"Italy" was first published in Poems&Plays#16, nominated for a Pushcart Prize and subsequently published in "The Best Ten Minute Plays of 2012" (Smith&Krauss) and "Regional Best: 2012" (Level 4 Press). The play had its premiere at Alive Theatre, Long Beach, CA, 2010.
a ten minute play
Time: The present.
Setting: A bedroom. A bed and a chair at least.
Woman – 30’s
Man – 30’s
(WOMAN and MAN in bed after love making. WOMAN, tense and wide awake, MAN blissfully asleep. Distantly, a woman sings a haunting, wordless melody. Singing fades.)
WOMAN (Prodding him.) Hey, you better go.
WOMAN You’ve got to go.
MAN What? Huh?
WOMAN Go. You need to go now.
MAN Go? I…. Go where?
MAN You want some space?
WOMAN Just go.
MAN If you want some space, Sweetie, just say so?
WOMAN You’ve already left so you might as well leave. Go. Go. Go to where you’ve already gone. Far away from here. Clean, quick and far.
MAN But I haven’t gone anywhere…I was just asleep… That was so nice. Right? Come here. (She’s rigid.) You want to talk?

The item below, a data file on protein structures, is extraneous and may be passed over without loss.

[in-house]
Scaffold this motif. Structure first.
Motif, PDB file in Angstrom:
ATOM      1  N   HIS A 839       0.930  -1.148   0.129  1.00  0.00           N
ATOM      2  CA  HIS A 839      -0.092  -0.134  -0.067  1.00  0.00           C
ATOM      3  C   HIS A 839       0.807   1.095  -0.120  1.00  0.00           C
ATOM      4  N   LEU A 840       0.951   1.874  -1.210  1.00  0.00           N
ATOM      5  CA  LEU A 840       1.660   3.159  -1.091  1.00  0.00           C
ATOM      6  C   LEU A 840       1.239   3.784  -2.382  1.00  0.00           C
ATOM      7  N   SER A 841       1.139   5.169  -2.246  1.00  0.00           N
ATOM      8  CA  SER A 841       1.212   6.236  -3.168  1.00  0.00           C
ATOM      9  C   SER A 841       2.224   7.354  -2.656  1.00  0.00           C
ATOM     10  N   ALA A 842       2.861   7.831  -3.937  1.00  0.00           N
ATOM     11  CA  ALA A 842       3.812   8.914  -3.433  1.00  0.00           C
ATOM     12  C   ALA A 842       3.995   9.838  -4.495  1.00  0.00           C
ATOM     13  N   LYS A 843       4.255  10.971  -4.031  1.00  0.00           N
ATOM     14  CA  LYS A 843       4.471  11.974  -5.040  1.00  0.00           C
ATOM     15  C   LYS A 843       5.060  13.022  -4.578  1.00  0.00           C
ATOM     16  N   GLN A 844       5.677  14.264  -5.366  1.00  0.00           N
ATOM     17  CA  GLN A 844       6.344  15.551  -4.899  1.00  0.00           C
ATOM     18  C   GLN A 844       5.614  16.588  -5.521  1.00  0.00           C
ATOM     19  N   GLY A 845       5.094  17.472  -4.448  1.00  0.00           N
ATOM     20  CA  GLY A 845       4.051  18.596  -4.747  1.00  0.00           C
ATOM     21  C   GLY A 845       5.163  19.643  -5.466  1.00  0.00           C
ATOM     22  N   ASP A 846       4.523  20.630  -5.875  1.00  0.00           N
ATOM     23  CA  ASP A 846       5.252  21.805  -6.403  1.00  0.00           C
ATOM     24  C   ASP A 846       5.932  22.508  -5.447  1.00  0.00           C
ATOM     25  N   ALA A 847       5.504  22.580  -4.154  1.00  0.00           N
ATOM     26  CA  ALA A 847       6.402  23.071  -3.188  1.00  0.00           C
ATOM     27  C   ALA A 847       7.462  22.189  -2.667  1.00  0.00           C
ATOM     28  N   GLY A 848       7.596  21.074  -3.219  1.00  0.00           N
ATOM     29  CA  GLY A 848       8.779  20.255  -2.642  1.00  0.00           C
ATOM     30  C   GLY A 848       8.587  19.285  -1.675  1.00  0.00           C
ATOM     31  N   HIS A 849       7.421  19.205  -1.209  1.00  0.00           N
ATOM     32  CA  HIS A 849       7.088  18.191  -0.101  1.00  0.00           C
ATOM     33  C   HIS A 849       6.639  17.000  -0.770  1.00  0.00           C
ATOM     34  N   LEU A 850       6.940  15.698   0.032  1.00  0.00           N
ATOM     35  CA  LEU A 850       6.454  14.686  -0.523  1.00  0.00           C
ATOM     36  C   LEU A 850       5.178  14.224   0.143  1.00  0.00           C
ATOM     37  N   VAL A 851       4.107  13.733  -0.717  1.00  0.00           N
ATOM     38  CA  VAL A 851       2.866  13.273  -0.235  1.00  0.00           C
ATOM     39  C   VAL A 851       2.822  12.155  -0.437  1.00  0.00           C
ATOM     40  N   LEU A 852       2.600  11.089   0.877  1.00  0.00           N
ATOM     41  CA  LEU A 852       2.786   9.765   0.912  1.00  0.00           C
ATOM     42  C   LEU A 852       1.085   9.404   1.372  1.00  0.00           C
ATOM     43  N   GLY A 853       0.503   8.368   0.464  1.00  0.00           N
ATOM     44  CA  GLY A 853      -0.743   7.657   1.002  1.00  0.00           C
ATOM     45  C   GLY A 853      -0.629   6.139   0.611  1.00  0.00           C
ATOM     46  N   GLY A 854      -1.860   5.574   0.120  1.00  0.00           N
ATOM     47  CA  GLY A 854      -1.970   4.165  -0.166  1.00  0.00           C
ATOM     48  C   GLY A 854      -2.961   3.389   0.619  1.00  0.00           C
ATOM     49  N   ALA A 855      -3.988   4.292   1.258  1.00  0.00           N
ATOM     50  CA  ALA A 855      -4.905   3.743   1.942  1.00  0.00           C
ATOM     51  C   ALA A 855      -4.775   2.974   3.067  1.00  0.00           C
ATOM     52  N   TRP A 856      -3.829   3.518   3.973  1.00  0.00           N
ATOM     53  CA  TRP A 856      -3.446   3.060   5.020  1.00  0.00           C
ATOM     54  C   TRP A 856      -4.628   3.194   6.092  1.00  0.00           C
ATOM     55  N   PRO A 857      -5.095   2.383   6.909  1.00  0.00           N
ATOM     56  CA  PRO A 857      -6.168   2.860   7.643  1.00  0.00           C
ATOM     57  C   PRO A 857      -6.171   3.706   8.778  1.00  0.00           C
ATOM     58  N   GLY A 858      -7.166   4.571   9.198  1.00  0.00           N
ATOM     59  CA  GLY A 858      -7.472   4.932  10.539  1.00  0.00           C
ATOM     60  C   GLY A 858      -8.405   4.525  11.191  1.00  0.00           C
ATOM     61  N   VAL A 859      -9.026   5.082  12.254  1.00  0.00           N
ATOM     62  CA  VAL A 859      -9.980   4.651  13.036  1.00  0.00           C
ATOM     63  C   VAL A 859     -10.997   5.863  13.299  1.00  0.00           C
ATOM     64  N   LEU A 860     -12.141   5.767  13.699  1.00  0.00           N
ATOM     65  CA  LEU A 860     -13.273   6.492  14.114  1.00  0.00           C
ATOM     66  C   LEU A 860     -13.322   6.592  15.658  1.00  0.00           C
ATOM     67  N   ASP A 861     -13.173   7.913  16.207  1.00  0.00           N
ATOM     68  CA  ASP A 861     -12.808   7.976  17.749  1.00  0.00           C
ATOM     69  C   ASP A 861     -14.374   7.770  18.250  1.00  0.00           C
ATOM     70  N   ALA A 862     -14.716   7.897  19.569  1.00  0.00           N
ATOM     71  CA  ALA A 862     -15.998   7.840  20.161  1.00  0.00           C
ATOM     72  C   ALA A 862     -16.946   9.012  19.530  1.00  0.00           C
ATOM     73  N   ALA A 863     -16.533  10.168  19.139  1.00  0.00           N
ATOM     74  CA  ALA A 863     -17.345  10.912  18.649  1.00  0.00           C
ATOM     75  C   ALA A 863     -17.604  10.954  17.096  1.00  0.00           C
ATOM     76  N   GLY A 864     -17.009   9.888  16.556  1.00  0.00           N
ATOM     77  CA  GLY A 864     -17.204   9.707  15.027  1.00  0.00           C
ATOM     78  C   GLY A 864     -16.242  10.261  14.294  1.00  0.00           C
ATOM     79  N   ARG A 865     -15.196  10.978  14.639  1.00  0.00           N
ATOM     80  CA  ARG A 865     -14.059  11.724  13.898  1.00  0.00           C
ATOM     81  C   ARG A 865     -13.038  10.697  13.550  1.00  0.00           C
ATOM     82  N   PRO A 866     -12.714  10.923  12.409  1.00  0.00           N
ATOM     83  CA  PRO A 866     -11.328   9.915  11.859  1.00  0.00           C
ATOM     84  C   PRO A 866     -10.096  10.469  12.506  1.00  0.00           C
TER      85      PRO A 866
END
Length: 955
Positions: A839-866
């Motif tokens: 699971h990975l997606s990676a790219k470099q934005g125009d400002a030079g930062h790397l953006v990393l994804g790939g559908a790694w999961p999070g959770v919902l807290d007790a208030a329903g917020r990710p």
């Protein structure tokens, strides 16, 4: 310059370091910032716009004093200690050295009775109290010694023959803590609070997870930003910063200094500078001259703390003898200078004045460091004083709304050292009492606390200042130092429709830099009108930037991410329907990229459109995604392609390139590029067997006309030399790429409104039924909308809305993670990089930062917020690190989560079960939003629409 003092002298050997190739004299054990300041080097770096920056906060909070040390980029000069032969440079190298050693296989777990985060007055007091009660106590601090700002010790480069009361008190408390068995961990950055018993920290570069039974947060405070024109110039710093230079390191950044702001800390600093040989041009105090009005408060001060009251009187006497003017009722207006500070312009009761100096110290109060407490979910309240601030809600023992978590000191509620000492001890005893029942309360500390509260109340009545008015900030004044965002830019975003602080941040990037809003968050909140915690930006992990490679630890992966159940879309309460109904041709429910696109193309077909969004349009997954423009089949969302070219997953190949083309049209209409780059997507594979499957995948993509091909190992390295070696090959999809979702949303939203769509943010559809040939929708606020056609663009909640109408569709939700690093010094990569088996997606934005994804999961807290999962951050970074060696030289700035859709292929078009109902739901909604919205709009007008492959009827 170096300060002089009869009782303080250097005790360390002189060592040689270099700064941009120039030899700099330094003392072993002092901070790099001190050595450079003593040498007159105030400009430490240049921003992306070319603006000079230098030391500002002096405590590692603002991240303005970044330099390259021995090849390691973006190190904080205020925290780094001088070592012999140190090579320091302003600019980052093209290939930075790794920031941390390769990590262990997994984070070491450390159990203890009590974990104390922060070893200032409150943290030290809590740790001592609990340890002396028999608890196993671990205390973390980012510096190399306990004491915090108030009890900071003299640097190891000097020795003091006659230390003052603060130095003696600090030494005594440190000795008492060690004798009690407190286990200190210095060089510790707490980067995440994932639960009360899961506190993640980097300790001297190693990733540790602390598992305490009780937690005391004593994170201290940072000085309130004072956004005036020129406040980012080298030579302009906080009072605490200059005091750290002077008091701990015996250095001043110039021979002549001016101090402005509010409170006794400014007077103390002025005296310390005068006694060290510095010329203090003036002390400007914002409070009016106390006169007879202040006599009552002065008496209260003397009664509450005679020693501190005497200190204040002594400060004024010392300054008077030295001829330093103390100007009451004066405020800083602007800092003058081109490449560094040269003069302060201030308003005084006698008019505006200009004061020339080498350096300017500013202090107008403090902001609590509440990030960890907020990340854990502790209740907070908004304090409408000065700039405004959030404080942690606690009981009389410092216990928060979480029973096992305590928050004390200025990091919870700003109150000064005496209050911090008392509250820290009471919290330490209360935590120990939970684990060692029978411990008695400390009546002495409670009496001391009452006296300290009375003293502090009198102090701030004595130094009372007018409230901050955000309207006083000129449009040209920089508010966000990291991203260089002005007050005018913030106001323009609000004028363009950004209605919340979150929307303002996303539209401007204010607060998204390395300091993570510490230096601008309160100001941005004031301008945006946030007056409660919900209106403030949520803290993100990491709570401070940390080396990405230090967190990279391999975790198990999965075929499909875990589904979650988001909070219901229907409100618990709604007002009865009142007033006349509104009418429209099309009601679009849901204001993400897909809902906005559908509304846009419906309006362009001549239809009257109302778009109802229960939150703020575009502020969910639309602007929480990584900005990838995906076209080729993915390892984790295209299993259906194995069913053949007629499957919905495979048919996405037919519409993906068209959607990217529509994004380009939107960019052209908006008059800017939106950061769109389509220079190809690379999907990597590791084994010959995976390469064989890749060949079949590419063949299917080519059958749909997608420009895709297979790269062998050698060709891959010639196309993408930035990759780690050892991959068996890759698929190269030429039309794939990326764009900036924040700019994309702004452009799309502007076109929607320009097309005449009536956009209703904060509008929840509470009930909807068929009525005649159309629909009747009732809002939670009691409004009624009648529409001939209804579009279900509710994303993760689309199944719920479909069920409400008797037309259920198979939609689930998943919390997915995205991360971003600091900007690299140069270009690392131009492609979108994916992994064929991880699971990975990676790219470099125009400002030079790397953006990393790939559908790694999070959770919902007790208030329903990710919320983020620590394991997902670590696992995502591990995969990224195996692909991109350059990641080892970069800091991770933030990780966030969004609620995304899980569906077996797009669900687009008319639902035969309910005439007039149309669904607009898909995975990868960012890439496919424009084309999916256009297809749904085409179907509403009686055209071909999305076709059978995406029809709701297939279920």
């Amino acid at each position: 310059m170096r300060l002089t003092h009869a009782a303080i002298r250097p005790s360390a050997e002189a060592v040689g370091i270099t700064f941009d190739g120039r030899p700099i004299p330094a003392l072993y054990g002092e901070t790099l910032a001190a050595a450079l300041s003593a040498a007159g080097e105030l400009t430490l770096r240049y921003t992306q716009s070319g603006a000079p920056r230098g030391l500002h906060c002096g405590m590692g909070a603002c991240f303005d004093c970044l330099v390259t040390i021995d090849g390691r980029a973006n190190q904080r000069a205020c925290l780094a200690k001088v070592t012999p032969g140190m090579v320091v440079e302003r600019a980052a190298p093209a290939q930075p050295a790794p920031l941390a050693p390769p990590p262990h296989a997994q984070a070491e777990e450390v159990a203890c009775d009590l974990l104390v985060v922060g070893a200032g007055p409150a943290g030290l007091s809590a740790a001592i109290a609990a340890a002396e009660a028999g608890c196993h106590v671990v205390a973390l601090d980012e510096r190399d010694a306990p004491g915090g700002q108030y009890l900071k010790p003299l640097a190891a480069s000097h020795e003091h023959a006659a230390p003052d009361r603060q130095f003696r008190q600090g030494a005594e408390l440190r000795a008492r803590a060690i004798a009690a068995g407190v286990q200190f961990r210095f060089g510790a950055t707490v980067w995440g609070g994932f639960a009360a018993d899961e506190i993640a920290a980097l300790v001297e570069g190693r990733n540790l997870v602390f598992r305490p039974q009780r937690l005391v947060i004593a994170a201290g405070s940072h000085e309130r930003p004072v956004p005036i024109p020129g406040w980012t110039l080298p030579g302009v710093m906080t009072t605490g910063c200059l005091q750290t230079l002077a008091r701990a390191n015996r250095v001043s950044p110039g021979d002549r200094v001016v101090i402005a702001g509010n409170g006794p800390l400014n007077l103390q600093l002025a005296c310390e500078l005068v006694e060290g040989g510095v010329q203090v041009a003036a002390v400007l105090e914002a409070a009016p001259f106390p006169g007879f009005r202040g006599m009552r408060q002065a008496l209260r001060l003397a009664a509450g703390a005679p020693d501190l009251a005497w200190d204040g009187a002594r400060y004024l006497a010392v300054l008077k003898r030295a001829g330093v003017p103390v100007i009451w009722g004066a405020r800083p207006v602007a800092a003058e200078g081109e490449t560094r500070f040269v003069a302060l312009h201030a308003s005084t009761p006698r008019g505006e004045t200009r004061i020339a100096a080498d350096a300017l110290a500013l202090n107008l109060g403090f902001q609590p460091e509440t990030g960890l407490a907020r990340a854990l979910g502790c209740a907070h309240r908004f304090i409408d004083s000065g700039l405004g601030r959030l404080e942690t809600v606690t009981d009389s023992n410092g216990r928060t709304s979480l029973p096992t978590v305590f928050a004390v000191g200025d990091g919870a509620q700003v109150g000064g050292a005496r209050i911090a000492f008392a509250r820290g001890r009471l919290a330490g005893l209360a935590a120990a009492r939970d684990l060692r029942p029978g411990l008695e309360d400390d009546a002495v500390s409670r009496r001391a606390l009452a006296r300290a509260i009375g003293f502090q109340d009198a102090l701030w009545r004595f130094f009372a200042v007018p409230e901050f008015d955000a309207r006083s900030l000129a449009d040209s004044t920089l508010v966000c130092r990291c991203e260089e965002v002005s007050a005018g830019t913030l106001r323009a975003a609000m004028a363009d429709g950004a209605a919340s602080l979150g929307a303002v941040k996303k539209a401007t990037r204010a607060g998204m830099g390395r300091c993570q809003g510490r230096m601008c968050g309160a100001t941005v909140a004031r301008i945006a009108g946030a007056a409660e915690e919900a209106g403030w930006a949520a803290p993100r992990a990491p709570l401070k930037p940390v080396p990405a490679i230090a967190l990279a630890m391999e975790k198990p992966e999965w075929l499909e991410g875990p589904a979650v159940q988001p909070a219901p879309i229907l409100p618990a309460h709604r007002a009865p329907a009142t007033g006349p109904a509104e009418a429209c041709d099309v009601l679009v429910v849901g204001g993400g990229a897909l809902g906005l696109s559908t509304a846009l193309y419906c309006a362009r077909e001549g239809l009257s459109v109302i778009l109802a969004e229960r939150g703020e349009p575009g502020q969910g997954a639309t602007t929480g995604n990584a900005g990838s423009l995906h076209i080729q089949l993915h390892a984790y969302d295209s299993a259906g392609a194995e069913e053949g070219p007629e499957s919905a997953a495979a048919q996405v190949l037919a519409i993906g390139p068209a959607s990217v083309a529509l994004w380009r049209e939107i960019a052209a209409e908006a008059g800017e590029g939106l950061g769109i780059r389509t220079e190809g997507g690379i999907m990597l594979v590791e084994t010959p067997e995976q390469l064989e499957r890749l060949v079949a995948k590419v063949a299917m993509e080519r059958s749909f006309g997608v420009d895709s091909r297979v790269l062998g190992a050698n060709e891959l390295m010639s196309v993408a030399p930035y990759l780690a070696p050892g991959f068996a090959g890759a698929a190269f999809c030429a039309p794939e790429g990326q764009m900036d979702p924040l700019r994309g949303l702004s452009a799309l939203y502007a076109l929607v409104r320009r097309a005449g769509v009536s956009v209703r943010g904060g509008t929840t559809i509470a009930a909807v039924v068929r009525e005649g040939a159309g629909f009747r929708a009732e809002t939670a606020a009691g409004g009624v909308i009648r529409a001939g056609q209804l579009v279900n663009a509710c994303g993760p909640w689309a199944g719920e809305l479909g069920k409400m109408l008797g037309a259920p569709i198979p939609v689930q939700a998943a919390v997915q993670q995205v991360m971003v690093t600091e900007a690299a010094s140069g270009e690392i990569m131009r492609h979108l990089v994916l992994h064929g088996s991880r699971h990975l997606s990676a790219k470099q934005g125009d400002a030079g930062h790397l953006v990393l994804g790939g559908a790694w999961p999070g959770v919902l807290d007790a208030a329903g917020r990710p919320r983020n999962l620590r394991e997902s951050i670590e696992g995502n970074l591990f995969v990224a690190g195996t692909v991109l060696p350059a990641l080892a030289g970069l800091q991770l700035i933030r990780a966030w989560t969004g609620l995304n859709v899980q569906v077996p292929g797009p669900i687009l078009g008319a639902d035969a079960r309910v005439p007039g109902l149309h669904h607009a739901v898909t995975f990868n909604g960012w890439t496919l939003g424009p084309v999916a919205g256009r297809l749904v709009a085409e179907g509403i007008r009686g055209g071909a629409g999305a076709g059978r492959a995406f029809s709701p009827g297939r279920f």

MAN Okay. (Beat) Okay. Where have I gone?
WOMAN How should I know? A beautiful country, far from here.
WOMAN A country known for its pleasures.
MAN Like Italy. You know how I love Italian food.
WOMAN Italy. Italy. I should have known you’d go to Italy.
MAN I’d love to go to Italy with you.
WOMAN Go. Get out. Quick, clean and far. So I can’t even reach you by phone.
MAN You can always reach someone by phone these days. There’s no getting away from the phone anymore.
WOMAN I should be used to it.
WOMAN But I’m not used to it.
MAN What? (Beat) Feeling vulnerable, Sweetie? Come here.
WOMAN Stay away from me.
MAN Come here, Sweetheart. I thought you were drifting off too, like we usually do.
WOMAN I will mourn as if you had died. (He reaches for her.) Stop it and get out.
MAN Okay. (He doesn’t move. Beat Beat)
WOMAN Why are you doing this to me?
WOMAN This. This.
MAN What? What is it? Sadness. You’re sad. Come here, Baby.
WOMAN No. Don’t touch me.
MAN I’m sorry I fell asleep.
WOMAN Too late. Get out. (Pause)
MAN I think you like being sad.
WOMAN Now that’s helpful.
MAN Well, it’s true.
WOMAN You’re either sad or you’re not sad. Liking sadness has nothing to do with it.
MAN That makes sense.
WOMAN Someone has to be sad and I know you won’t be.
MAN I’ve never been happier in my life.
WOMAN See, I told you.
MAN I give up. (Beat Beat) So you’re sad because I’m not sad, is that it? (Beat) So because I’m not sad you’re going to make me sad? (Beat) That’s not fair.